By Ruby Cline
The buzz of first term is over. Somehow every single society you finally promised to turn up to this term have all decided to host no events until week six. The ballot is fast approaching and so are exams – and you’re not sure which one you’re more scared for. Reality has hit, in the form of Lent term.
The conditions are dire; even the sun waves goodbye by 5pm. That really specific wet frost feeling catches in your throat (one of my 2023 ‘outs’ is coughing in public, and it’s really not helping). It can be bloody difficult to motivate yourself to get out, get moving and grooving in the same way you were able to last term.
And of course that feels shit! It’s no surprise that when life is more difficult, life feels more difficult. Your mind and body are reacting appropriately to their current environment. If you feel like you can’t handle your experience right now please reach out, to someone you trust or take a look at the resources the uni can offer you.
As long as you are safe, happy, and roughly well, however, I’d like to argue that maybe, just maybe, this slightly liminal term can ultimately be a good thing.
It is vital to reflect on the fact that life is not always a highway and you simply must stop to refuel sometimes. Michaelmas is a bit of a self-driving car – you have chosen the destination, sure, but the route and the steering is not yours to conduct. Particularly in first year, events are organised for you; groups form before you can stop them; you don’t know enough about academic life yet to decide what’s worth doing and what’s not. Even though later years start with a bit more initial knowledge, it’s still just too easy to feel swept away, along with any sense of agency over your time and space. Clothes get thrown on the floor, mixers get left on the counter, and any digestion of your term experiences occurs in the weeks after Cambridge has emptied for the holidays.
This way of existing isn’t particularly sustainable, which is why I think it’s so vital to take up Lent as a term of rebuilding. Sitting between the most event-hectic and the most exam-hectic terms, Lent is really the only opportunity most of us get to, putting it nicely, sort out our shit.
“Insist upon your own verbs, otherwise people will decide them for you.”
So stop for a second. Take a breath. Calibrate your emotional GPS. Decide on your next step. Start a sentence with ‘I will…’ and finish it with something you want to do out of love for yourself, unrelated to anybody or anything else around you. Then go ahead and do it. Insist upon your own verbs, otherwise people will decide them for you.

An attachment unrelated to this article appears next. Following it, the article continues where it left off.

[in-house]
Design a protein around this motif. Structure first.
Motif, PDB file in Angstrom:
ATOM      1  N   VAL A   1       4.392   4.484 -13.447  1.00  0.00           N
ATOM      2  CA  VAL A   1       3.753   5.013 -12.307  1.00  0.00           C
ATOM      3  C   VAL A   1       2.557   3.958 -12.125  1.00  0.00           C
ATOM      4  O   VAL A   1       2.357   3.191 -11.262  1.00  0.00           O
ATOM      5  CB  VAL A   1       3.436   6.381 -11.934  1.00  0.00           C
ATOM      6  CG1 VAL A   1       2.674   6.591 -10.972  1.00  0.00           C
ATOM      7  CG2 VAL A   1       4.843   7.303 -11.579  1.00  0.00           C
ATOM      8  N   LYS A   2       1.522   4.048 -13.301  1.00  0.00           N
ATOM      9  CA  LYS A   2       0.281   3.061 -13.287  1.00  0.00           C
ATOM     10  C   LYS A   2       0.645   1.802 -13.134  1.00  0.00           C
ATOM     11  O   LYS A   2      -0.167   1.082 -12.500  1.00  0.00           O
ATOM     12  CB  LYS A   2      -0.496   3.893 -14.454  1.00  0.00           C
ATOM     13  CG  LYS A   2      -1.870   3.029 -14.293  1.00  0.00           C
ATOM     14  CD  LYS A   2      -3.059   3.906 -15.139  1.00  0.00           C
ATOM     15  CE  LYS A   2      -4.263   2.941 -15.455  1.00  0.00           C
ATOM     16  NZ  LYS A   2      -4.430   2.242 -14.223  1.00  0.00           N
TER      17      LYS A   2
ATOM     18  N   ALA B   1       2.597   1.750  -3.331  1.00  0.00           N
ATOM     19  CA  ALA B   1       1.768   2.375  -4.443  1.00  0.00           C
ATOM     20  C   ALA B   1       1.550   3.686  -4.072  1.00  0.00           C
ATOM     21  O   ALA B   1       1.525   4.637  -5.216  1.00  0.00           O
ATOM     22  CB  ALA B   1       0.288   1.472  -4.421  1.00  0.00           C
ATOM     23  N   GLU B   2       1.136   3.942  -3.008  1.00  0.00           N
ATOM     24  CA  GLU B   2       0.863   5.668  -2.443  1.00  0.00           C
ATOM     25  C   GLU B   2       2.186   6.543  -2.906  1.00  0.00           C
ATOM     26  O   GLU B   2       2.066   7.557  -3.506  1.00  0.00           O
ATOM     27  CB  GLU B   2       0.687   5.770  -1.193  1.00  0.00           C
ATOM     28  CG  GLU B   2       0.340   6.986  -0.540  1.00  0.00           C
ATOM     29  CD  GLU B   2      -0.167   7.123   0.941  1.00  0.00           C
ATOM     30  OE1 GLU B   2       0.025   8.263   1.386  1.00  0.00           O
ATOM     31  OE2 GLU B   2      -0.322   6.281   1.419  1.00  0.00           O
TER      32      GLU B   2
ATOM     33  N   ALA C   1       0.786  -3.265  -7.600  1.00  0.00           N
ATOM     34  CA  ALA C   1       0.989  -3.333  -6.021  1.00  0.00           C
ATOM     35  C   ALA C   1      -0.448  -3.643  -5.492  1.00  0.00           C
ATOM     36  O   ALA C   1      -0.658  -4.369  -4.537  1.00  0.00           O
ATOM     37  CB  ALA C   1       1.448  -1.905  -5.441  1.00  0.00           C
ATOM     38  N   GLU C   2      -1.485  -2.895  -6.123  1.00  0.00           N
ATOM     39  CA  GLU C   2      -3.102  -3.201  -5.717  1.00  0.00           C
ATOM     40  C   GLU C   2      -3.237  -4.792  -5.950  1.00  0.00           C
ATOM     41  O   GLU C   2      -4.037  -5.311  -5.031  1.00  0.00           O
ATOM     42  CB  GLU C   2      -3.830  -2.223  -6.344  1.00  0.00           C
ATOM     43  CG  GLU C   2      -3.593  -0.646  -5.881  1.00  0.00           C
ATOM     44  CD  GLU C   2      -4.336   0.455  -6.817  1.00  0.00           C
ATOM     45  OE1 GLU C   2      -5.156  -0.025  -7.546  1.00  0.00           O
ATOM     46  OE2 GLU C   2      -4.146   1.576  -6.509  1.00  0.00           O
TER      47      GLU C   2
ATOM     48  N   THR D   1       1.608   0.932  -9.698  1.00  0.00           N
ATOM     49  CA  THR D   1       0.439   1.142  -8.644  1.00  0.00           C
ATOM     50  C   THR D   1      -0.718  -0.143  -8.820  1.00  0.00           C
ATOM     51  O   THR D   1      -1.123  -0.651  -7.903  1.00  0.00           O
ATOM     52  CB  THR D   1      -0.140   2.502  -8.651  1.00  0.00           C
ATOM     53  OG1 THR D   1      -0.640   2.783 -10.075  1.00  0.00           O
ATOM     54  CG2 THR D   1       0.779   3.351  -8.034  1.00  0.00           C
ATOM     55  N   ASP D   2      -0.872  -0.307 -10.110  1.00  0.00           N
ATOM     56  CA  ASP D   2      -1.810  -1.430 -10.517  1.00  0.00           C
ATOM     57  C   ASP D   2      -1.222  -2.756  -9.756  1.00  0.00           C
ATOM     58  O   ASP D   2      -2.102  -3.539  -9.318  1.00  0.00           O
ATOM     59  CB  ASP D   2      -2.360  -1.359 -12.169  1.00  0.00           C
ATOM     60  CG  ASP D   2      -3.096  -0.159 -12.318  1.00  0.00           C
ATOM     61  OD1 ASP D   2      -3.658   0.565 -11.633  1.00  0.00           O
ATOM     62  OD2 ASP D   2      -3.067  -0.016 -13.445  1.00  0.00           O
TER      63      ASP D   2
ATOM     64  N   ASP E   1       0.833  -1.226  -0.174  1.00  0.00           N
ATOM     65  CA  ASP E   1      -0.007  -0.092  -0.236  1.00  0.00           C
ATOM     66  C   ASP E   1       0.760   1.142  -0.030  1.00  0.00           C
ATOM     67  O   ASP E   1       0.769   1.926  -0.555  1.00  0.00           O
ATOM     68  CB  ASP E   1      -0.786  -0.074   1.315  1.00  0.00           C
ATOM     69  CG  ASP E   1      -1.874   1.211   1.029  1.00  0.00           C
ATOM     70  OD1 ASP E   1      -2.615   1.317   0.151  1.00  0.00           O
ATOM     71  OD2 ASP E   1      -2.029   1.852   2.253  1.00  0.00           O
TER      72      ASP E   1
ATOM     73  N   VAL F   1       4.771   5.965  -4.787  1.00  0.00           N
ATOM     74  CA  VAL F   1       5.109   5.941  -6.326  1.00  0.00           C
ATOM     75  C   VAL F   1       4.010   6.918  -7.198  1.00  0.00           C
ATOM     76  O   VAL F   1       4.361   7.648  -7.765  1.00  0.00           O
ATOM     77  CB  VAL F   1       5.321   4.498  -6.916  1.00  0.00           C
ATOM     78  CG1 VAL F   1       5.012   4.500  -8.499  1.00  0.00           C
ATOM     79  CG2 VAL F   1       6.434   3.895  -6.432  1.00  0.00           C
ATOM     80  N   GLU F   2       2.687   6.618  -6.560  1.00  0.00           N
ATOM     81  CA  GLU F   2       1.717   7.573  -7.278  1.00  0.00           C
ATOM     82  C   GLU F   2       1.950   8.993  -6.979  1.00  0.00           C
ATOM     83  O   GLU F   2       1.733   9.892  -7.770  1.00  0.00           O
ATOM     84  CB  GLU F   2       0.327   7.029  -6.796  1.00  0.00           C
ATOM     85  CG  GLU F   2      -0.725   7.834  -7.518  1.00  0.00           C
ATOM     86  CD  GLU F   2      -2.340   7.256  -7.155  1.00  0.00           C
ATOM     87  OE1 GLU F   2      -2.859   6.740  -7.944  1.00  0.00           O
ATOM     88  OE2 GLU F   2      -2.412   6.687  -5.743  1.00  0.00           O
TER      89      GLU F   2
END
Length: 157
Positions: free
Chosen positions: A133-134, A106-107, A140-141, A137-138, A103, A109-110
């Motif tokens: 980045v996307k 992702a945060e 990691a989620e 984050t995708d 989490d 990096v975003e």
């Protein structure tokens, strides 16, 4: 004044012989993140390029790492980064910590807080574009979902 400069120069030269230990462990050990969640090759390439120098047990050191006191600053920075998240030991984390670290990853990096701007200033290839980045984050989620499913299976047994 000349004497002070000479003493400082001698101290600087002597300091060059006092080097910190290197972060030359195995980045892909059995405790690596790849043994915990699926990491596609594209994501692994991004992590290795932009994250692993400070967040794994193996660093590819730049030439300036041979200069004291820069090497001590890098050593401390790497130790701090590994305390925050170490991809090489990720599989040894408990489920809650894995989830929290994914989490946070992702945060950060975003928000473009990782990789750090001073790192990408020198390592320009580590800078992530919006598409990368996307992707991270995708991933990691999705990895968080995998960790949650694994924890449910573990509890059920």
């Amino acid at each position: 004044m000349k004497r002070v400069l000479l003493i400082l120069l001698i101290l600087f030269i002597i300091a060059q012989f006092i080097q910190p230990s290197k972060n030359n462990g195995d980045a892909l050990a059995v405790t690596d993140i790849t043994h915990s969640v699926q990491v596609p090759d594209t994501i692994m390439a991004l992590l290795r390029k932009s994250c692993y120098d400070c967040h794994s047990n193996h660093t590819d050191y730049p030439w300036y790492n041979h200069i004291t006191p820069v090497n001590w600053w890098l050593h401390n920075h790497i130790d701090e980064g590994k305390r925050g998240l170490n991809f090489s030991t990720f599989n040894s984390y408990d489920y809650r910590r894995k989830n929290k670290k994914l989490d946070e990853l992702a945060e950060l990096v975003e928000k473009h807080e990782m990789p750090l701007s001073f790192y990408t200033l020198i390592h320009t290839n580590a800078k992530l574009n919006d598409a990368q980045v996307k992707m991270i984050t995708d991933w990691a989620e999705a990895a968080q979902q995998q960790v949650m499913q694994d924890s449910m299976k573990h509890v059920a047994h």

Personally, I will write. Not through obligation, but through love for scrapbooking words onto a page. Lucky you, getting to read the result. I reflected on why this was something I suddenly felt the need to insist upon – was I not able to do it before? There were simply other things to be doing, I suppose. My Lent term is for words. Rhyming words, words stacked into premises and conclusions, words to paint environments and emotions and everything in between. In this case, words describing words! I asked a friend what she would do, and she said, ‘I will sleep.’ If your answer sits on the bottom rung of Maslow’s hierarchy of needs as hers does, please please please make sure you prioritise it!!
Therefore, I challenge you to make a project out of your Lent term. Build your manifesto and break it down into smaller goals, priorities, and passions.
And we’re right there with you – here’s what the Girl Talk team WILL DO this term:
I WILL write – putting words on a page and then doing something about them is both a degree necessity and the implementation of a long-term passion! (If writing is your sort of thing too, feel free to get in touch on our Instagram or through firstname.lastname@example.org – we would love to read your articles and ideas!)
EMILIA WILL balance – Lent is a busy term for third year, but it’s vital to remember that it’s also the halfway mark of the last year! Weighing academics and social life into a healthy balance is highly needed to soak up everything Cambridge can offer.
MIRANDA WILL see the sun – in the morning. In the cold and the dark, it’s so easy to get up as the sun is going down! She wants to make a day of the day, and seek out the sunlight a bit more.
CHARLOTTE WILL unwind – the only thing more stressful than staying up late doing absolutely nothing, is worrying about it the next morning, with dry eyes from watching TikToks the night before. The 3am – 3pm sleep schedule has to change.
CESCA WILL stay interested – a degree is an inherently fascinating thing and that can be difficult to remember in the midst of deadlines, essays, and the rising tide of exams. Do what you love and…it might still feel like work but like, fun work!
Now, go forth with this silly, complicated, empty but somehow hectic term. Let us know on our Instagram what you WILL DO.
Feature image credits: Ruby Cline
Leave a Reply